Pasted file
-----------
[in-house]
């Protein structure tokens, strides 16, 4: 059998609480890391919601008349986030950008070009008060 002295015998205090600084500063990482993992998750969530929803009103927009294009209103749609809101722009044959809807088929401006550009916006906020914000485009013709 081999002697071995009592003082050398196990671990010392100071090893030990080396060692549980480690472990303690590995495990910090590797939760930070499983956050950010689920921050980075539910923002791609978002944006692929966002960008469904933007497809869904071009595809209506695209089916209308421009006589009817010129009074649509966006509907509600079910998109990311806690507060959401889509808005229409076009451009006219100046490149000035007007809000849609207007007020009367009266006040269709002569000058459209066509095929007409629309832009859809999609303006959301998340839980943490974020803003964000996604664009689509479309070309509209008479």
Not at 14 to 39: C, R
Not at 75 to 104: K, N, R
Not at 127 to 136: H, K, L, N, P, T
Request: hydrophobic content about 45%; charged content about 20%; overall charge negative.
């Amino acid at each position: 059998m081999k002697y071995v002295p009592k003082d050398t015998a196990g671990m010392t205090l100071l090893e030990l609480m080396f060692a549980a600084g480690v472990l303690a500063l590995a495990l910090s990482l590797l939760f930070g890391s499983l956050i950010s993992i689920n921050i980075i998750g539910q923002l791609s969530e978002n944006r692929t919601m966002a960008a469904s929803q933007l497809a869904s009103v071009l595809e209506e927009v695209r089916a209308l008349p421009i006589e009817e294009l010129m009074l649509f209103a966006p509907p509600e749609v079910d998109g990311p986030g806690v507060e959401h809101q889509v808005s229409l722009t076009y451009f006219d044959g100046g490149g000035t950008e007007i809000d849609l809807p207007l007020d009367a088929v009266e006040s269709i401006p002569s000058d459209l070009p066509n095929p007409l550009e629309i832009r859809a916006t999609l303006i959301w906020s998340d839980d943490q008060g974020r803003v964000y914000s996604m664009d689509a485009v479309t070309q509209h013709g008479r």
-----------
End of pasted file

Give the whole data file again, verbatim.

[in-house]
């Protein structure tokens, strides 16, 4: 059998609480890391919601008349986030950008070009008060 002295015998205090600084500063990482993992998750969530929803009103927009294009209103749609809101722009044959809807088929401006550009916006906020914000485009013709 081999002697071995009592003082050398196990671990010392100071090893030990080396060692549980480690472990303690590995495990910090590797939760930070499983956050950010689920921050980075539910923002791609978002944006692929966002960008469904933007497809869904071009595809209506695209089916209308421009006589009817010129009074649509966006509907509600079910998109990311806690507060959401889509808005229409076009451009006219100046490149000035007007809000849609207007007020009367009266006040269709002569000058459209066509095929007409629309832009859809999609303006959301998340839980943490974020803003964000996604664009689509479309070309509209008479």
Not at 14 to 39: C, R
Not at 75 to 104: K, N, R
Not at 127 to 136: H, K, L, N, P, T
Request: hydrophobic content about 45%; charged content about 20%; overall charge negative.
């Amino acid at each position: 059998m081999k002697y071995v002295p009592k003082d050398t015998a196990g671990m010392t205090l100071l090893e030990l609480m080396f060692a549980a600084g480690v472990l303690a500063l590995a495990l910090s990482l590797l939760f930070g890391s499983l956050i950010s993992i689920n921050i980075i998750g539910q923002l791609s969530e978002n944006r692929t919601m966002a960008a469904s929803q933007l497809a869904s009103v071009l595809e209506e927009v695209r089916a209308l008349p421009i006589e009817e294009l010129m009074l649509f209103a966006p509907p509600e749609v079910d998109g990311p986030g806690v507060e959401h809101q889509v808005s229409l722009t076009y451009f006219d044959g100046g490149g000035t950008e007007i809000d849609l809807p207007l007020d009367a088929v009266e006040s269709i401006p002569s000058d459209l070009p066509n095929p007409l550009e629309i832009r859809a916006t999609l303006i959301w906020s998340d839980d943490q008060g974020r803003v964000y914000s996604m664009d689509a485009v479309t070309q509209h013709g008479r």